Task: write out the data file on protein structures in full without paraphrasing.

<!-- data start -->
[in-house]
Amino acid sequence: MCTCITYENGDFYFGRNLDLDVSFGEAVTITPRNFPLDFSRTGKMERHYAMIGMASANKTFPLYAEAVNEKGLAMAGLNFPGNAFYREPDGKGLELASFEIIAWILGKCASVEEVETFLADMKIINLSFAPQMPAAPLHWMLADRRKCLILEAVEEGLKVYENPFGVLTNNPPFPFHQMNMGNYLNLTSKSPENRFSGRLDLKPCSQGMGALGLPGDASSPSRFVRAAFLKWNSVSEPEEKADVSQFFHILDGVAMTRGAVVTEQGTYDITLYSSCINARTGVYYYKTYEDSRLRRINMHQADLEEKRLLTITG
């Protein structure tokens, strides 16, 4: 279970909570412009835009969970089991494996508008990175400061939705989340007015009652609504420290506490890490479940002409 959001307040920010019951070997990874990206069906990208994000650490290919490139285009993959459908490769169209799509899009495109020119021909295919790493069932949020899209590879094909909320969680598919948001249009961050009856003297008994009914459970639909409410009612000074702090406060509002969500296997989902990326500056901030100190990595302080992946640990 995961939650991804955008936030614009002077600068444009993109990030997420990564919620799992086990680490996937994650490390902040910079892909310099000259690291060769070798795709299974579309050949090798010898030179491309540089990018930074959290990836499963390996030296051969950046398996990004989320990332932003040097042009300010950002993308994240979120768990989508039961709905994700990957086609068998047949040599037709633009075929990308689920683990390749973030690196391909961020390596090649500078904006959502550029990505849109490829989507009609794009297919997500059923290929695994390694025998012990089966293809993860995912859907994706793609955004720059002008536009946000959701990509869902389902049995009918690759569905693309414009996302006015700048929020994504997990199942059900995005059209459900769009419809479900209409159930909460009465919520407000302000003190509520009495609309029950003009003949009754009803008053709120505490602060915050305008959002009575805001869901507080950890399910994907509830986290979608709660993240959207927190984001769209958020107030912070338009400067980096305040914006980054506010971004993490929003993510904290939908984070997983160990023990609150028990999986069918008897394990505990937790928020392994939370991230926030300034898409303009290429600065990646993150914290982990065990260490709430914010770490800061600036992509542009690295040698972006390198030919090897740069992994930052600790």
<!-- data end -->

[in-house]
Amino acid sequence: MCTCITYENGDFYFGRNLDLDVSFGEAVTITPRNFPLDFSRTGKMERHYAMIGMASANKTFPLYAEAVNEKGLAMAGLNFPGNAFYREPDGKGLELASFEIIAWILGKCASVEEVETFLADMKIINLSFAPQMPAAPLHWMLADRRKCLILEAVEEGLKVYENPFGVLTNNPPFPFHQMNMGNYLNLTSKSPENRFSGRLDLKPCSQGMGALGLPGDASSPSRFVRAAFLKWNSVSEPEEKADVSQFFHILDGVAMTRGAVVTEQGTYDITLYSSCINARTGVYYYKTYEDSRLRRINMHQADLEEKRLLTITG
């Protein structure tokens, strides 16, 4: 279970909570412009835009969970089991494996508008990175400061939705989340007015009652609504420290506490890490479940002409 959001307040920010019951070997990874990206069906990208994000650490290919490139285009993959459908490769169209799509899009495109020119021909295919790493069932949020899209590879094909909320969680598919948001249009961050009856003297008994009914459970639909409410009612000074702090406060509002969500296997989902990326500056901030100190990595302080992946640990 995961939650991804955008936030614009002077600068444009993109990030997420990564919620799992086990680490996937994650490390902040910079892909310099000259690291060769070798795709299974579309050949090798010898030179491309540089990018930074959290990836499963390996030296051969950046398996990004989320990332932003040097042009300010950002993308994240979120768990989508039961709905994700990957086609068998047949040599037709633009075929990308689920683990390749973030690196391909961020390596090649500078904006959502550029990505849109490829989507009609794009297919997500059923290929695994390694025998012990089966293809993860995912859907994706793609955004720059002008536009946000959701990509869902389902049995009918690759569905693309414009996302006015700048929020994504997990199942059900995005059209459900769009419809479900209409159930909460009465919520407000302000003190509520009495609309029950003009003949009754009803008053709120505490602060915050305008959002009575805001869901507080950890399910994907509830986290979608709660993240959207927190984001769209958020107030912070338009400067980096305040914006980054506010971004993490929003993510904290939908984070997983160990023990609150028990999986069918008897394990505990937790928020392994939370991230926030300034898409303009290429600065990646993150914290982990065990260490709430914010770490800061600036992509542009690295040698972006390198030919090897740069992994930052600790």